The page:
What’s my problem with lists of best websites?

Last week I received a link submission for The Map Room: a list of 50 best blogs for geography geeks. The Map Room was ranked 15th. There wasn’t anything wrong with the list so far as I could tell — I’m modest enough about what I do that I don’t care what my own rank is — but it didn’t quite smell right, simply because a site named Online Engineering Degree was an odd source for such a list. It wasn’t the first time I saw that kind of disconnect; usually I saw it as a way to gain incoming traffic to boost a site’s ranking — in other words, search engine optimization, which for me is a dirty, dirty term. So I ignored it. I can’t post everything, and I’ve let far better links get past me.

The list was then reprinted in full and verbatim on Mapperz, a map blog I rather like. It’s important to say that I like it, because Mapperz is a little annoyed with me right now, for reasons that will become clear in a moment. It’s also important to say that it was well within Mapperz’s rights to post it. There are more than 100 blogs in my map blog directory, and it would be stupid if we all agreed on what was and wasn’t post-worthy. The Mapperz link made the rounds, on Twitter and elsewhere, and ended up on MetaFilter (where links make the big time).

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On anonymous commenters

Greater Internet Fuckwad Theory (Penny Arcade)

The problem with getting your news online is that there’s a real danger you might be exposed to the comments section. Now, I’ve been online a long time, and I’ve mixed things up on Usenet, mailing lists, hobbyist discussion boards, and blog comments, and I have never seen anything as ugly, as unintelligent, or as bigoted as the comments I’ve seen on places like The Globe and Mail’s and CBC News’s websites. Comments on news sites, as someone said in reply to one of my tweets, are “mostly whitenoise and claptrap from politicos and other nutjobs.” It’s almost enough to make me stop reading the articles themselves.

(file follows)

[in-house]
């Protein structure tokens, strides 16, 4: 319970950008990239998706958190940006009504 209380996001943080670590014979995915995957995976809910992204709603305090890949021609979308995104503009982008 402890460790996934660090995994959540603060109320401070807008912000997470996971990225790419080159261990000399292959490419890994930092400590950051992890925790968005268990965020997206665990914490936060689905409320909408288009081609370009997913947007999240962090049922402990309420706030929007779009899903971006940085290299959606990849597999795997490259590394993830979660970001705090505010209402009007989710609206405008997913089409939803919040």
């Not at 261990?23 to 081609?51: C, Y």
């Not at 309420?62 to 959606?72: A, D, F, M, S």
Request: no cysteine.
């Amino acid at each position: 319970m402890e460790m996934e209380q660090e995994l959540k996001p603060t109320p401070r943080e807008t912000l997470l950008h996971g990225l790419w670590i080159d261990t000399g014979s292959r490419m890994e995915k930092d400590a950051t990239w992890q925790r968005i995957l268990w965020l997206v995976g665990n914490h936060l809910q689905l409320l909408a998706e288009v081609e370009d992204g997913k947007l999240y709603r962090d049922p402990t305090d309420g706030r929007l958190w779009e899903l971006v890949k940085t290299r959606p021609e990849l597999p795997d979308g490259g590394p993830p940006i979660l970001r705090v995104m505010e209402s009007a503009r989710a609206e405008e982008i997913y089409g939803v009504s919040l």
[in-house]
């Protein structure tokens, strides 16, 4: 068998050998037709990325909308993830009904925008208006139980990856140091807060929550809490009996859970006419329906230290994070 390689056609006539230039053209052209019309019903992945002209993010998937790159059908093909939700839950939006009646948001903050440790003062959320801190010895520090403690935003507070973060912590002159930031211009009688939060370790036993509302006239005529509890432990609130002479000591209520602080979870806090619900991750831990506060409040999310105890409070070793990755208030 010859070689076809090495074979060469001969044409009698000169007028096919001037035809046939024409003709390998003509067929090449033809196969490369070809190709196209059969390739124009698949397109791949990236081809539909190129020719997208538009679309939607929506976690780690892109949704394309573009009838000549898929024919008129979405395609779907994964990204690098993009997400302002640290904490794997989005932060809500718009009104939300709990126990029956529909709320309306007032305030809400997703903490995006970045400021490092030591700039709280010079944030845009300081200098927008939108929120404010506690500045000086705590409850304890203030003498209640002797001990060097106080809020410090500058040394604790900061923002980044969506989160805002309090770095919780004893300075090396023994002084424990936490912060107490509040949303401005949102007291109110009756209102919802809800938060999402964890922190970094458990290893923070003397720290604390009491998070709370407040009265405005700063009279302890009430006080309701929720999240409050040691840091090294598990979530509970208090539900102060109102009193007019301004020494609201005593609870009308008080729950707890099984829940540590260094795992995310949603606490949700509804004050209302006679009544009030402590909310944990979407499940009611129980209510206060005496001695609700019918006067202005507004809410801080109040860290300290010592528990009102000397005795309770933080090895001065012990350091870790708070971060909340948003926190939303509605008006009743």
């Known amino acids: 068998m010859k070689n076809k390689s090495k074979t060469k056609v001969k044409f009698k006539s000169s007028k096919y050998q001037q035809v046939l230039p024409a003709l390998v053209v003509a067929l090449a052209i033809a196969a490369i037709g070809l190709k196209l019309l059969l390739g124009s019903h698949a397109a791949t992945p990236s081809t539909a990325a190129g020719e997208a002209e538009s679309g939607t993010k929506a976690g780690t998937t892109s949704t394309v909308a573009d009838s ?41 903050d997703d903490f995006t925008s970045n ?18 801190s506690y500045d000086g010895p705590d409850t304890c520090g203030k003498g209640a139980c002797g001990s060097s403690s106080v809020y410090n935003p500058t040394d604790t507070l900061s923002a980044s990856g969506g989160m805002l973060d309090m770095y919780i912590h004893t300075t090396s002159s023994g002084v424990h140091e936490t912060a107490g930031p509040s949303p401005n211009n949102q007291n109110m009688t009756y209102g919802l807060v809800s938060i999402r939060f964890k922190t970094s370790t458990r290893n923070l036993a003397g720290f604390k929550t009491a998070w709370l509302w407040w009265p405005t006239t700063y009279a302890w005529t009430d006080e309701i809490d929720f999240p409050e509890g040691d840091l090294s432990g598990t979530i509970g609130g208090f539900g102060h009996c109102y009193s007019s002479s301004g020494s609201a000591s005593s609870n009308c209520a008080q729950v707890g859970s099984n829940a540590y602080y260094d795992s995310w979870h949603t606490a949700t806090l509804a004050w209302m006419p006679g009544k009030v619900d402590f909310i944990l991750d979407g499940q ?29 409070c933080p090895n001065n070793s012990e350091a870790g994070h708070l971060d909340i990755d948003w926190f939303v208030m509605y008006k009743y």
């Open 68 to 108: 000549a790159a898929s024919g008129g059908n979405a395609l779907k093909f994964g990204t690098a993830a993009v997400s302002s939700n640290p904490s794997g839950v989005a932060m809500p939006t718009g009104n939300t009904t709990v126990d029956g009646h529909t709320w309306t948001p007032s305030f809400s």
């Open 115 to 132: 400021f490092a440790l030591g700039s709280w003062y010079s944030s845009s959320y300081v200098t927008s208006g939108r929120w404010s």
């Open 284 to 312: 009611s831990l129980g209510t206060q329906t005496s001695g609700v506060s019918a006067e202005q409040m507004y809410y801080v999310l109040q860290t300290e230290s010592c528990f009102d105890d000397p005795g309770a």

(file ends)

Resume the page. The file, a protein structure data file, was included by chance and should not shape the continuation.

The problem seems to be the usual one: what happens when you let people sound off anonymously (see the classic and pertinent Penny Arcade comic above). It’s bad enough that some news sites are reconsidering allowing anonymous comments; in more than one case, they’ve been forced to disclose the identity of a commenter so that they could be sued for defamation.

But who are these nutjobs — these people who seem to spend their entire lives spouting invective online — anyway? The Boston Globe’s Neil Swidey explored the issue by interviewing a number of their website’s “heavy users.” Problematically, none of the outright trolls wanted to be interviewed: “But here are the people I didn’t hear back from: the screamers, troublemakers, and trolls (Internet slang for people behind inflammatory posts). Not a single one. The loudest, most aggressive voices grew mum when asked to explain themselves, to engage in an actual discussion. The trolls appear to prize their anonymity more than anyone else.” Because they’d turn to stone if they did, that’s why.

Browser usage and coding for Internet Explorer 6

Internet Explorer 6 has been the bane of my existence as a web designer for years, particularly since (a) I have no computers that run Windows at home, so IE 6 is not readily available, (b) IE 6 does things in a stubbornly different fashion compared to other browsers, and (c) I’m not that good a web designer. So I can test my designs against Safari and Firefox, and occasionally a more recent version of IE, like IE 7, that does a better (i.e., more standard) job of rendering web pages, but IE 6, not so much — except when I have a spare moment at work. And, a recent check shows that, once again, web pages that look fine in the browsers I do have access to look like crap in IE 6.

It’s Netscape 4 all over again: that old browser did a horrible job of rendering CSS, but its installed base meant that it took years to go away. The question is: has IE 6 gone away yet? Are there few enough people still using it that it’s safe enough to ignore compatibility problems?

Using Google Analytics, I had a quick look at my visitors’ browser usage. The answer is: a definite maybe.

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